No sooner had I made the decision to support the Herman Cain campaign did he go off and muss it all up and shove his foot down his throat. In an interview today, he said about the “Occupy Wall Street” group, which are picketing banks and well, Wall Street as a whole:
“Don’t blame Wall Street, don’t blame the big banks, if you don’t have a job and you’re not rich, blame yourself. It is not someone’s fault if they succeeded, it is someone’s fault if they failed,”
Now, don’t get me wrong. I happen to believe we’re all responsible for how well we do in this life. I think we cater to those who refuse to go out and earn their pay and it frustrates me to no end. That said, Cain, the “non-politician” did two things in this interview with the Wall Street Journal. He used the “b” word – it was all about placing blame (there’s a huge difference in “placing blame” and “taking responsibility”…does anyone read Dale Carnegie anymore?). But more importantly, he proved he had no idea what those folks are protesting. They’re not protesting because they don’t have jobs. They’re protesting because:
Bank of America’s new $5 debit fees for a certain “customer base”:
Those who hold the Bank of America checking accounts Platinum Privileges, Premium or Advantage are exempt from the new monthly fee. Interestingly, the accounts MyAccess, Essentials, eBanking and Enhanced will be hit with the new $5 debit card usage fees. The accounts that are exempt are usually reserved for those
who maintain high bank balances or who have mortgages with the bank. The latter are those most consumers choose because of the absence of other restrictions, such as minimum balance requirements and ironically, the absence of too many fees. Additionally, the bank said Merryl Lynch, US Trust and Wealth Management account holders won’t have to pay the increased fees. In other words, if you’re depositing your paycheck every week and it’s less than $5,000, you’re going to be charged for not earning enough to qualify for the more rewarding accounts.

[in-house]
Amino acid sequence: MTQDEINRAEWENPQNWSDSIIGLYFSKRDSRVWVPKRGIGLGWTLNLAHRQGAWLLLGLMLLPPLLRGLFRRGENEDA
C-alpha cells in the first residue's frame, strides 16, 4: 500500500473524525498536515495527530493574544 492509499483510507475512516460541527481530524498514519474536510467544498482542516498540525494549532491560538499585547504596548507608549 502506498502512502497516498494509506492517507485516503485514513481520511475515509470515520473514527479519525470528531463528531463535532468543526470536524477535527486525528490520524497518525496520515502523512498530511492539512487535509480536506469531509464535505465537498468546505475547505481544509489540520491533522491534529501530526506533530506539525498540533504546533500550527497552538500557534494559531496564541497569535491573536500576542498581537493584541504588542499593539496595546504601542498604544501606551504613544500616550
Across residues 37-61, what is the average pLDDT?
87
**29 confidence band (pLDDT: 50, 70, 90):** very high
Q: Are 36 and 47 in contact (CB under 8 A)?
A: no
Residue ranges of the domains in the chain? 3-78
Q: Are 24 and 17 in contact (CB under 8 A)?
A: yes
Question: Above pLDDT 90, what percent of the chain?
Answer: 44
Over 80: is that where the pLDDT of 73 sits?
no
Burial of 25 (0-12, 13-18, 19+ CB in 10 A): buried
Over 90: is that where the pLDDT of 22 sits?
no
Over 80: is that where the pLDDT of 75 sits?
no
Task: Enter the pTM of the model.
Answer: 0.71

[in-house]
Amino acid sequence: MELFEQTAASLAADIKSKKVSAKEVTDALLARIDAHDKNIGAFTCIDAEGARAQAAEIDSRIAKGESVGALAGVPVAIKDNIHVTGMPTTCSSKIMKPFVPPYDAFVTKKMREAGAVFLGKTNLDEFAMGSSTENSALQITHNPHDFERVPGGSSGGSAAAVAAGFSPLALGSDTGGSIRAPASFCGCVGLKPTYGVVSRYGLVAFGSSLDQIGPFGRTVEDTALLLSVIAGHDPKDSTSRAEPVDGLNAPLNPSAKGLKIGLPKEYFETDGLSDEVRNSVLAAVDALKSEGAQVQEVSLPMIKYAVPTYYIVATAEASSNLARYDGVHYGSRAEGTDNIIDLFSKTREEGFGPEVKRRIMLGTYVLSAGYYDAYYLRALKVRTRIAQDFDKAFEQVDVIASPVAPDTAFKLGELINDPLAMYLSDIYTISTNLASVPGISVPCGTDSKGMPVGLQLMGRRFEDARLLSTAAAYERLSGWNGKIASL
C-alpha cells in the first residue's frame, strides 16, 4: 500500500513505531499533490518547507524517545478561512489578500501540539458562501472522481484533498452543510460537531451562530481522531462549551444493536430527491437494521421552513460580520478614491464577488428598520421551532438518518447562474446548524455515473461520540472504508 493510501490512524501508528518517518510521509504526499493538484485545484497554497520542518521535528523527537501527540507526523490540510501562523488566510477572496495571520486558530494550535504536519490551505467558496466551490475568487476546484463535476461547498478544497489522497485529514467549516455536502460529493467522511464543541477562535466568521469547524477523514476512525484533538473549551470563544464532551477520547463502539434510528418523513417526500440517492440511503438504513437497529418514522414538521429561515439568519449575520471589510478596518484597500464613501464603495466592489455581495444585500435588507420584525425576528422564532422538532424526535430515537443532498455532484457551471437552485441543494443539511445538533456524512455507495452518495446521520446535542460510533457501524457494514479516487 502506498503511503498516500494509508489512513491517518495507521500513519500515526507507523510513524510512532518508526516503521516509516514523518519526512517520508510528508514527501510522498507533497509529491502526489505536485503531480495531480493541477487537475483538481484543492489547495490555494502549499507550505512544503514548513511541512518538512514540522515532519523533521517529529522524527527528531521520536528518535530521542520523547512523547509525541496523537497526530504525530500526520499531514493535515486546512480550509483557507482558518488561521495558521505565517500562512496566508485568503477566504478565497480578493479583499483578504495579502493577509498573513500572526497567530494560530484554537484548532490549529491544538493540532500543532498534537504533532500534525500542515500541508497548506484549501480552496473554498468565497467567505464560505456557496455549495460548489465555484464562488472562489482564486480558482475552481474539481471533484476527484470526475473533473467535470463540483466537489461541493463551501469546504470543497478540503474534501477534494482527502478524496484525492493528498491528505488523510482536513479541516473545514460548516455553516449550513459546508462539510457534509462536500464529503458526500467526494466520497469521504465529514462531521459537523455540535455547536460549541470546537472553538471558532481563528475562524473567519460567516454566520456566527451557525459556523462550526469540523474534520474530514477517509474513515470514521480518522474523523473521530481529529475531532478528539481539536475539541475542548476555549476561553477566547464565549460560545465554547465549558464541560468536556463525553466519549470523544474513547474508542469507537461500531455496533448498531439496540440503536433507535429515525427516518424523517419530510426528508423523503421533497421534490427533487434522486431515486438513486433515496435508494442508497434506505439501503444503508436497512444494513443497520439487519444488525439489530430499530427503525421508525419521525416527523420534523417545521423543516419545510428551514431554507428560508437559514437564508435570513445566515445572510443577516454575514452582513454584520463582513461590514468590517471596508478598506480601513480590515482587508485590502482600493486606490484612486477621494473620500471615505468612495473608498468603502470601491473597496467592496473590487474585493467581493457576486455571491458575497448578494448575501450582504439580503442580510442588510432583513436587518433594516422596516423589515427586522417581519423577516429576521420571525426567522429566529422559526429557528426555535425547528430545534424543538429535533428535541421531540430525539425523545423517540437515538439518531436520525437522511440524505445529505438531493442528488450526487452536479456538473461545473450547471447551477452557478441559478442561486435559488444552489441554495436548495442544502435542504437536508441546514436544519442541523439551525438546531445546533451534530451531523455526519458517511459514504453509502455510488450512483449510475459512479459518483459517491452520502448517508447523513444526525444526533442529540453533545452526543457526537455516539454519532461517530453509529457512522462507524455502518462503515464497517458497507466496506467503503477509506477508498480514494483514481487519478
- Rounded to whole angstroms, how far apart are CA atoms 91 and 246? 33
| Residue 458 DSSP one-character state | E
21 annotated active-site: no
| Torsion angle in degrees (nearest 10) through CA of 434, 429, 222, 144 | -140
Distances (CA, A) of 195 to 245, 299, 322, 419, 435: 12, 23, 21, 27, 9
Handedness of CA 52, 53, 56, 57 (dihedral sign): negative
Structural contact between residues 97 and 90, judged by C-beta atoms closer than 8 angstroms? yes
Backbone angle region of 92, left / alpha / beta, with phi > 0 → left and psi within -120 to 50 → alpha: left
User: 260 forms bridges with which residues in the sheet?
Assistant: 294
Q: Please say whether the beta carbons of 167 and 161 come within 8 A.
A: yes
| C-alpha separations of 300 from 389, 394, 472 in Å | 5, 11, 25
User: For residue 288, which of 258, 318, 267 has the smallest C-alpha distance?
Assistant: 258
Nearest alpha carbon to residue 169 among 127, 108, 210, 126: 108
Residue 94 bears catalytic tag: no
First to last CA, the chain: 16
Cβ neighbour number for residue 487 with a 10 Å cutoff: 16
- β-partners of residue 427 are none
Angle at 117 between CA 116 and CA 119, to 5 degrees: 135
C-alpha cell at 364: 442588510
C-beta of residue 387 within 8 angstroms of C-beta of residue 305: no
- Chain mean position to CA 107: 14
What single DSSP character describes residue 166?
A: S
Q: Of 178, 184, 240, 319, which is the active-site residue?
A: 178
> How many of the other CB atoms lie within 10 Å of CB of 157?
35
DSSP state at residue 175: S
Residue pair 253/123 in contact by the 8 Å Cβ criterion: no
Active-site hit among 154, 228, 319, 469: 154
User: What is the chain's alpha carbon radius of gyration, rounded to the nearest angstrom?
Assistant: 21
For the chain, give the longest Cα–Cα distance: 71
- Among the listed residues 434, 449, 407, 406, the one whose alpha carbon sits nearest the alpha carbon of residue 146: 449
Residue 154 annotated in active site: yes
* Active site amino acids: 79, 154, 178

Capital One Creating “Too Big to Fail” Dynamic?:
Accusations are running the gamut regarding Capital One’s push to buy out ING Direct USA. If successful, some say it’s another step towards another subprime meltdown. Capital One executives found themselves defending their motives behind wanting to buy out ING Direct, which many say will create another “too big to fail” bank that will turn to the taxpayer to bail it out when it runs short (which it inevitably will in this economy). The Fed is required to examine whether or not any merger poses an economic threat. Specifically, it must determine whether the risk outweighs any benefits – and based on calculations by some of the nation’s leading financial analysts, the risks are entirely too great to justify any kind of benefit to anyone besides the bank.
But don’t take my word for it. Google it – it’s all over the news, which is why I’m so disappointed in Cain’s lack of knowledge on the situation. Then again, he was giving the interview to the Wall Street Journal, I guess it stands to reason he’d feel obligated to defend Wall Street. Ah…the non-politician gets all political.
NOW who am I going to support? It’s not looking very promising, that’s for sure.